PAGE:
The uppers are made of the vamp and quarters.  Ladies shoes of this time use straps and buckles (ties are low-class until we reach the style shift of the late 1780s).  The placement and style of the seam between vamp and quarters defines the time.
The straps cross at about the instep point, already much lower than pre-1760s styles.
By the 1780s, the straps are even lower; the quarters are long and the vamp shorter.

The "dog-leg" seam is also phasing out of style.

Tongues
The two options of the time are square or pointed.  Square is going out, while pointed is coming in.
The ends of the straps tend to mirror the tongue, being rounded when square tongued or pointed for both.

Toe
The toe shape rounds out in the 1760s (after the tiny, upturned points of earlier), but the pointed style is coming back in by 1780, just a little more rounded than before.


Heel
Heels are slimming, eventually lowering in the 1780s.  This is a case were there is more than just one style, and the thicker heel is still popular well into the 1780s.  Every heel is unique in shape, really.  Note these are all wood heels, not stacked leather.


Fabric
I already covered fabric options pretty well in a previous post, so I won't go in depth here (and that whole thing is still apparently a touchy subject).  However, one very fun option during this time is a contrasting heel and straps (or just heel).  Most often this is because the main fabric isn't going to stretch around the heel curves gracefully, so white leather is often used instead (you can see the wrinkles on the shoe heel above).  Colored leathers and fabrics are found as well.  This is done for fashion reasons as well, and the binding often co-ordinates with the heel contrast.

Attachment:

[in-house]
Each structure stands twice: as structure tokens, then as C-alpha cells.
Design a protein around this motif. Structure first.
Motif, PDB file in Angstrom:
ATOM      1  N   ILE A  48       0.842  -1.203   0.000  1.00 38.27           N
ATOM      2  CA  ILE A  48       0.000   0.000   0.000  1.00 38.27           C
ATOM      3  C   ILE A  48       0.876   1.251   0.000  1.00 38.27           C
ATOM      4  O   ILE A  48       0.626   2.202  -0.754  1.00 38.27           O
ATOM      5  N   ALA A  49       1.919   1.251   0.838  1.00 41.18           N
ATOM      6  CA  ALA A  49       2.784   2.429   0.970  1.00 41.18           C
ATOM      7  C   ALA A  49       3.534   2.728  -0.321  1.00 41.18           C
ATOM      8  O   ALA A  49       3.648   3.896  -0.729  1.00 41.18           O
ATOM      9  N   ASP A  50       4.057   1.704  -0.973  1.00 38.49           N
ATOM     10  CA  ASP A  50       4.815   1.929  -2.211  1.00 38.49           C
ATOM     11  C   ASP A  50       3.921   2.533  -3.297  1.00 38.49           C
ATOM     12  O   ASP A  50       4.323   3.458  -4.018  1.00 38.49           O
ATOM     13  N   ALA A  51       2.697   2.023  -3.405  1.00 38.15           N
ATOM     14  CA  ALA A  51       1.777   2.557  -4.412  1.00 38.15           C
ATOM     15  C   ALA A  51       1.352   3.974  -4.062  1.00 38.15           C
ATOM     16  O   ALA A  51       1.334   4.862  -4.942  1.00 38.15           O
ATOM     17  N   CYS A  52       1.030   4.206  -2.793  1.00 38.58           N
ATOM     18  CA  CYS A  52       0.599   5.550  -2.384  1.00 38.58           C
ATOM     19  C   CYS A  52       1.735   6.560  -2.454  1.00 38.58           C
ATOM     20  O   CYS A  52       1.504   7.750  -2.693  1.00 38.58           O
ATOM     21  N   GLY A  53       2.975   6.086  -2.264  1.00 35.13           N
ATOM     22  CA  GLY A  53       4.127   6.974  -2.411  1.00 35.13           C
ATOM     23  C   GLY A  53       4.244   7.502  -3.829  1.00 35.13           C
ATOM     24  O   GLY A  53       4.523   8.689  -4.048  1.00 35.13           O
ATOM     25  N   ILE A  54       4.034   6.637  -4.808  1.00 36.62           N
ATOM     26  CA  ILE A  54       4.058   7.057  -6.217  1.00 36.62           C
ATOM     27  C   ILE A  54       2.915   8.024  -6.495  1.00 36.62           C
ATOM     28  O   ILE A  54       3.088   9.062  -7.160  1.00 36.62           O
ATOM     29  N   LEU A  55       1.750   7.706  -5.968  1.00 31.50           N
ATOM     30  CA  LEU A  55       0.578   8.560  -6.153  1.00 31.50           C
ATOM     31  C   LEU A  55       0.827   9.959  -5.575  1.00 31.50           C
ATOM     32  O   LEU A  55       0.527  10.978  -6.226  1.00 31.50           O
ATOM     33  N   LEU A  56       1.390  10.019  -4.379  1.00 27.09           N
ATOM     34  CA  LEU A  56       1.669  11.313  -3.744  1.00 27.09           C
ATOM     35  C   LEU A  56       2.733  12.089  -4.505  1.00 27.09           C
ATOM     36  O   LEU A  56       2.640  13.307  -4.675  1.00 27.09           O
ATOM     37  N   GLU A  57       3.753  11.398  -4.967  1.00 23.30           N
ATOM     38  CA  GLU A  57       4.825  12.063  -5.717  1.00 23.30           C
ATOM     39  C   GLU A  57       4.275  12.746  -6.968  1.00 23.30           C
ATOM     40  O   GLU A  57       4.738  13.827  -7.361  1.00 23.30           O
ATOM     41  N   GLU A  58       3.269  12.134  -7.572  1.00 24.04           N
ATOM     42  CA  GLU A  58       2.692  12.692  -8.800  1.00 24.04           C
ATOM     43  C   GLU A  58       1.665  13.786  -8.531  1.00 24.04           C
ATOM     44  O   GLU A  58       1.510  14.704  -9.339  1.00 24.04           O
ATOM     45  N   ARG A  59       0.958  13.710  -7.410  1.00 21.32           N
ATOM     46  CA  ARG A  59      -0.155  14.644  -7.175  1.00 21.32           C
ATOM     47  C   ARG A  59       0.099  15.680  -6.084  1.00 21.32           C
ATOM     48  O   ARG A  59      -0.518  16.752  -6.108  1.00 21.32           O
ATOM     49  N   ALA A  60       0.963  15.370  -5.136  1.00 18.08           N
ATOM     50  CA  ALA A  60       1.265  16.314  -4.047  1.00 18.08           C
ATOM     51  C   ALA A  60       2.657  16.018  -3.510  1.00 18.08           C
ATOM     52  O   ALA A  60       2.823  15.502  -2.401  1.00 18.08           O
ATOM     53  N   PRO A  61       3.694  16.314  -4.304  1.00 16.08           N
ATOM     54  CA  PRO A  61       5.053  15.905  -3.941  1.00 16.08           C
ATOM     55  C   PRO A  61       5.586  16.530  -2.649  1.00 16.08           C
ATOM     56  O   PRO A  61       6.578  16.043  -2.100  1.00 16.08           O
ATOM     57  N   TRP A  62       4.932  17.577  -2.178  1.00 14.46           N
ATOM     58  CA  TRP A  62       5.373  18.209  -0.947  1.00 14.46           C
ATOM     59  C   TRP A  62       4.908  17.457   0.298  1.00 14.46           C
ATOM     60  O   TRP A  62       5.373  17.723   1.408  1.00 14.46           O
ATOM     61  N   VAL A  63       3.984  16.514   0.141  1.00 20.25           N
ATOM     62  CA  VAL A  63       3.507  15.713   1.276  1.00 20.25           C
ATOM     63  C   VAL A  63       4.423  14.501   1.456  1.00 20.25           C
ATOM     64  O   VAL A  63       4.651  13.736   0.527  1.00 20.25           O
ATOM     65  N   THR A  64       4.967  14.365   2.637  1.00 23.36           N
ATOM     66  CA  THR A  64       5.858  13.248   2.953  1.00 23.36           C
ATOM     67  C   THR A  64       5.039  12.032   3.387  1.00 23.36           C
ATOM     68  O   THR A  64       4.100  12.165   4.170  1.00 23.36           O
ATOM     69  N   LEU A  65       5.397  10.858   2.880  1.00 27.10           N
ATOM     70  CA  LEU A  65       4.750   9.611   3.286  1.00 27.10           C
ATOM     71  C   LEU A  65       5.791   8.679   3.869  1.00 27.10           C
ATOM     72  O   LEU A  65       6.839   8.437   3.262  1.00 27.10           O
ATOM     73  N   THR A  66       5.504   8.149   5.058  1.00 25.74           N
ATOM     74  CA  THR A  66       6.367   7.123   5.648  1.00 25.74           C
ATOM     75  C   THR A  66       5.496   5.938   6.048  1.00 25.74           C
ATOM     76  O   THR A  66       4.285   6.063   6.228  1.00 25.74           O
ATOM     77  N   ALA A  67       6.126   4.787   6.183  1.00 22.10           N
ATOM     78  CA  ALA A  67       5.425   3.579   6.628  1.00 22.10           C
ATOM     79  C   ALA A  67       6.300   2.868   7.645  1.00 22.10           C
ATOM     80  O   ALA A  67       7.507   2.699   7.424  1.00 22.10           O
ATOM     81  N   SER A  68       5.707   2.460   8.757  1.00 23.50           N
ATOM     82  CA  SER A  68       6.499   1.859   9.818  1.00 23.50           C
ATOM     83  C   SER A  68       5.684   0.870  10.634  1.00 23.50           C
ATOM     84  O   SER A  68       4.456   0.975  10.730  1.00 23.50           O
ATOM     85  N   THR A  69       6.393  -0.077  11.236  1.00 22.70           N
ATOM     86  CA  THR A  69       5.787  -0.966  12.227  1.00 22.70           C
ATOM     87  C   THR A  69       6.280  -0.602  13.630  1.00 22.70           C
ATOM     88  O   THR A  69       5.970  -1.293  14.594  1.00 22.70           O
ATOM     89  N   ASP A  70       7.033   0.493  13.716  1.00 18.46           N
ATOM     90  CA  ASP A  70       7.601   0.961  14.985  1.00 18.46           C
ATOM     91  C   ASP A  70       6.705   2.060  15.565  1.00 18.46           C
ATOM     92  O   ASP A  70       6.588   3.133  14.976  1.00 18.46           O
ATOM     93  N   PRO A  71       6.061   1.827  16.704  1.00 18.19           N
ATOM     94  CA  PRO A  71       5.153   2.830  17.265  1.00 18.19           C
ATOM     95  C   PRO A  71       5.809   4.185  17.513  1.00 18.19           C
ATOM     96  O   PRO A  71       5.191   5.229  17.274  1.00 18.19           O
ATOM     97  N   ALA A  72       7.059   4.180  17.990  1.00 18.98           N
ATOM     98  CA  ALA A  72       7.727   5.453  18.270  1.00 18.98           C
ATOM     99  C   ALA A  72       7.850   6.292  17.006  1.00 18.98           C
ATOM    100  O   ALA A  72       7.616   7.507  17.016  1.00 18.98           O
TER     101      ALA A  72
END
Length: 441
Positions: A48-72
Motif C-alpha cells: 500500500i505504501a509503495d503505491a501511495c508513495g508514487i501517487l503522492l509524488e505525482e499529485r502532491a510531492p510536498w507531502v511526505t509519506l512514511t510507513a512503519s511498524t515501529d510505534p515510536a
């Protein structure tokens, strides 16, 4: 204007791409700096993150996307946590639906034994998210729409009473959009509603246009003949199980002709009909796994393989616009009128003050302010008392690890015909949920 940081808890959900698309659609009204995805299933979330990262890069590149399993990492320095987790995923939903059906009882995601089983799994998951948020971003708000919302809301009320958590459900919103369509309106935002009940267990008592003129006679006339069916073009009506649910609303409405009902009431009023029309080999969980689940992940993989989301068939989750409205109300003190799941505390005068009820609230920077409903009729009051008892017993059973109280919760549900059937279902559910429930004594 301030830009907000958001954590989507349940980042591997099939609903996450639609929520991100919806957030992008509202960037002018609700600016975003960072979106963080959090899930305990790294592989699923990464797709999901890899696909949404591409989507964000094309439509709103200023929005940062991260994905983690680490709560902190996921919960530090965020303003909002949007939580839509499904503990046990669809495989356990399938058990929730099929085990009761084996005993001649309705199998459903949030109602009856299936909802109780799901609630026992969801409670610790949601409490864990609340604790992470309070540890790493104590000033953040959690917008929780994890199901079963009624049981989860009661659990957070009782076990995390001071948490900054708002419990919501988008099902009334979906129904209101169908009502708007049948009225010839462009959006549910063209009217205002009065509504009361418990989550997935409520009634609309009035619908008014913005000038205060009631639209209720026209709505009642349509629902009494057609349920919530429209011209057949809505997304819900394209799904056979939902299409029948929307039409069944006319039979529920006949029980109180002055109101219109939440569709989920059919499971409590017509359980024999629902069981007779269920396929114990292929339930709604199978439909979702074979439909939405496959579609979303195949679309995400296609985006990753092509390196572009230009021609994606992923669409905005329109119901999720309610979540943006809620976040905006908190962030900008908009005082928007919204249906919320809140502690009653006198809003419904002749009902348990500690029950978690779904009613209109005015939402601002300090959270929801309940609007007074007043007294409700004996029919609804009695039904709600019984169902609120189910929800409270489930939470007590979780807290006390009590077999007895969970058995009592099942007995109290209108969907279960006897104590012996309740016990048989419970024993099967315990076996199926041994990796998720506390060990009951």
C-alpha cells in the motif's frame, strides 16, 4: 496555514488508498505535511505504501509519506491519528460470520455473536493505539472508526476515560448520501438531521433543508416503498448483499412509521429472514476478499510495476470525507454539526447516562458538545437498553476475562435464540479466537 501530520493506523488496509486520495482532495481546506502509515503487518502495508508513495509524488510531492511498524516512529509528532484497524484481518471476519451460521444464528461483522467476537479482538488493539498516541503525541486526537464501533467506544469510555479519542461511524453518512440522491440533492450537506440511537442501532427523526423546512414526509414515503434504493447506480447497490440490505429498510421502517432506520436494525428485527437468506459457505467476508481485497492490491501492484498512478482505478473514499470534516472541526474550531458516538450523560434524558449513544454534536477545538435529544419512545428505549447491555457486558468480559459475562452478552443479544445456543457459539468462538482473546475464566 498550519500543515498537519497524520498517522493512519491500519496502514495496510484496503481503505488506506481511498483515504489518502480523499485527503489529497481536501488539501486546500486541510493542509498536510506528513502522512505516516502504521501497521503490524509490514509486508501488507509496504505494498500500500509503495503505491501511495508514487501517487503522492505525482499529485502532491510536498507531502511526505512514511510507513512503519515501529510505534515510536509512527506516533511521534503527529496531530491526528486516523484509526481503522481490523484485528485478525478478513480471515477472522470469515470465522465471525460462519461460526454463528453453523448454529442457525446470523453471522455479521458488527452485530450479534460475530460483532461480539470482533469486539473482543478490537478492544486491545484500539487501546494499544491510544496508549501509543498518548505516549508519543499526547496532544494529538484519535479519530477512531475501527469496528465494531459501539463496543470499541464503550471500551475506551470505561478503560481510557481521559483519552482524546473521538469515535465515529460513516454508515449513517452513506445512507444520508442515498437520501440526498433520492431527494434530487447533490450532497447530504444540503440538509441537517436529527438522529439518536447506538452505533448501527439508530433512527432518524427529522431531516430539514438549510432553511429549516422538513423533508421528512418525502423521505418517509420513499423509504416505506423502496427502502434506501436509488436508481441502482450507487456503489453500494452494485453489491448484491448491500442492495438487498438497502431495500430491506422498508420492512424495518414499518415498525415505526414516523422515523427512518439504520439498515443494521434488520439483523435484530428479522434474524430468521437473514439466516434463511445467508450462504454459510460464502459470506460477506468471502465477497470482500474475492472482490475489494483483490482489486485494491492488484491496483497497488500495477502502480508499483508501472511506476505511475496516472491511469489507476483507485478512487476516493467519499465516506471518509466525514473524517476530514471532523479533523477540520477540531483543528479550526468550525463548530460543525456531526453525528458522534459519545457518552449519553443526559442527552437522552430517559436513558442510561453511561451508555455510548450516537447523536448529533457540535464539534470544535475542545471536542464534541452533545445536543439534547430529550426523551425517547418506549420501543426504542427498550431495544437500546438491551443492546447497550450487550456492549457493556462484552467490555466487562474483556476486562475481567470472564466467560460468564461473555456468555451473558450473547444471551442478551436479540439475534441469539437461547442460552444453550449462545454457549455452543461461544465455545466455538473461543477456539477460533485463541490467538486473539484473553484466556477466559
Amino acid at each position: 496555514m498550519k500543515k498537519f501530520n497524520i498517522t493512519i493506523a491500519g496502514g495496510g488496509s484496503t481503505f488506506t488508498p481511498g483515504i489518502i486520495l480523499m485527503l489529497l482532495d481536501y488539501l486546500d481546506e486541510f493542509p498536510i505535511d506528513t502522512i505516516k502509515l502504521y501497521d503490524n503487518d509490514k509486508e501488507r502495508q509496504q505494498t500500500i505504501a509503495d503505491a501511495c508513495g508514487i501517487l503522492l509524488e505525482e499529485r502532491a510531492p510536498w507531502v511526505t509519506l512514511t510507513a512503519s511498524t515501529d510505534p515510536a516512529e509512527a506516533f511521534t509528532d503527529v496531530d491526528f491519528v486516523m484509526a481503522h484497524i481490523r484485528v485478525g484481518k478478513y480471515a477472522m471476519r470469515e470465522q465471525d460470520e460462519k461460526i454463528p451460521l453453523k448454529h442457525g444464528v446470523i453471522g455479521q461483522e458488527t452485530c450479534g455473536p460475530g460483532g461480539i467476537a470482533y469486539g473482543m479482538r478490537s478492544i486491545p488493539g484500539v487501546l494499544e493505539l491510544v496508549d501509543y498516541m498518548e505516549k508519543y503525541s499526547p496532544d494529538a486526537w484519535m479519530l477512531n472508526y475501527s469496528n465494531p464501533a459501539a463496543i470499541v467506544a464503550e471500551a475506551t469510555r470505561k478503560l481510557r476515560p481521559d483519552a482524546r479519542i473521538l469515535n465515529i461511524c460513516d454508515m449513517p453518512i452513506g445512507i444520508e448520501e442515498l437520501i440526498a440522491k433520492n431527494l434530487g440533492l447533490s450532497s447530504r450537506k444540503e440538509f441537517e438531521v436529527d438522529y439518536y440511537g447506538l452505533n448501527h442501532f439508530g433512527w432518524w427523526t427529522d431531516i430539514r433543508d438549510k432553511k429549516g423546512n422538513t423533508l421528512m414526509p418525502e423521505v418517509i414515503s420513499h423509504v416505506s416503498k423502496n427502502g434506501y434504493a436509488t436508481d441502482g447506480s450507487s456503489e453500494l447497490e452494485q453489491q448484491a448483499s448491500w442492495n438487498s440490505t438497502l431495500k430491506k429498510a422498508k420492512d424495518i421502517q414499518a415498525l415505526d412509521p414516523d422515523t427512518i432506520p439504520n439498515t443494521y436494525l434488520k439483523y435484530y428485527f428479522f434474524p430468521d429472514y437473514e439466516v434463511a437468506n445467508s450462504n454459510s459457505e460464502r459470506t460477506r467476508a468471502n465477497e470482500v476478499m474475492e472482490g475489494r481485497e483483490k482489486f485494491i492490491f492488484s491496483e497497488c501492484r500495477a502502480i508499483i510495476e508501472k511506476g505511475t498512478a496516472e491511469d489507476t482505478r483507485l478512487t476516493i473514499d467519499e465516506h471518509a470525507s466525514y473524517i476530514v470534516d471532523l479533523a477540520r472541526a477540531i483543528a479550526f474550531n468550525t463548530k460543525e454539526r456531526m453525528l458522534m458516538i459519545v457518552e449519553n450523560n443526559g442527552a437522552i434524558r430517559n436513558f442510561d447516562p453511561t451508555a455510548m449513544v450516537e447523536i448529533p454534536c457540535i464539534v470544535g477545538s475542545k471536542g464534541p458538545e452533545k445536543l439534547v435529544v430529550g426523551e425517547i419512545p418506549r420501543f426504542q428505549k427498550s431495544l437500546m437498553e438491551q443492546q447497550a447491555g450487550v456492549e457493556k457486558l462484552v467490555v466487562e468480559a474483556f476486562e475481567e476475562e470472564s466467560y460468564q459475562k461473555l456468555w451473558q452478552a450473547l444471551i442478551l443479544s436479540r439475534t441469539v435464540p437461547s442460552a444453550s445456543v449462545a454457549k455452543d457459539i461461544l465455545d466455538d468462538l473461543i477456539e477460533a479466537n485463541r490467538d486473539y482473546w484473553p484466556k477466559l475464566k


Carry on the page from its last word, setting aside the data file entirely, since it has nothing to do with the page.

6 comments:

Samantha B. said...

Thank you many times over for this very informative post! It just makes me really sad that just about no one offers anything vaguely similar to these originals... It's going to be a while before I have the funds to commission a proper pair, since I'm pretty sure I'll never have the skill to make them!

I'm planning to try a very, very simple, turned, heel-less Regency-era slipper with the leathers I've purchased. We'll see how it goes...!

PvtSam75 said...

This is very informative, and has given me a little inspiration for a pair of white shoes I jut bought! I'm loving the idea of contrasting heels and straps-thanks!

Elizabeth Hobbs said...

Thanks for making this post! I've been staring at shoes on-line and comparing the dates trying to figure out the differences and similarities. Thanks for laying it all out so succinctly.

ColeV said...

Unfortunately, the museums aren't very well versed on antique shoes. With such vague (or even wrong) dating they aren't helping anyone to learn. I wish CW would put more of their shoes up online since they actually have experts in that field to date them!

Hammond Widow said...

check out the Bata Shoe Museum (physically located in Toronto Canada). All shoes, all the time!

ColeV said...

I am so in love with the Bata Shoe Museum, it's on my top five places to go soon (I was in Toronto a few years ago, but before my history interest existed). I devotedly follow them on facebook and cry a little every time they have a free admittance day.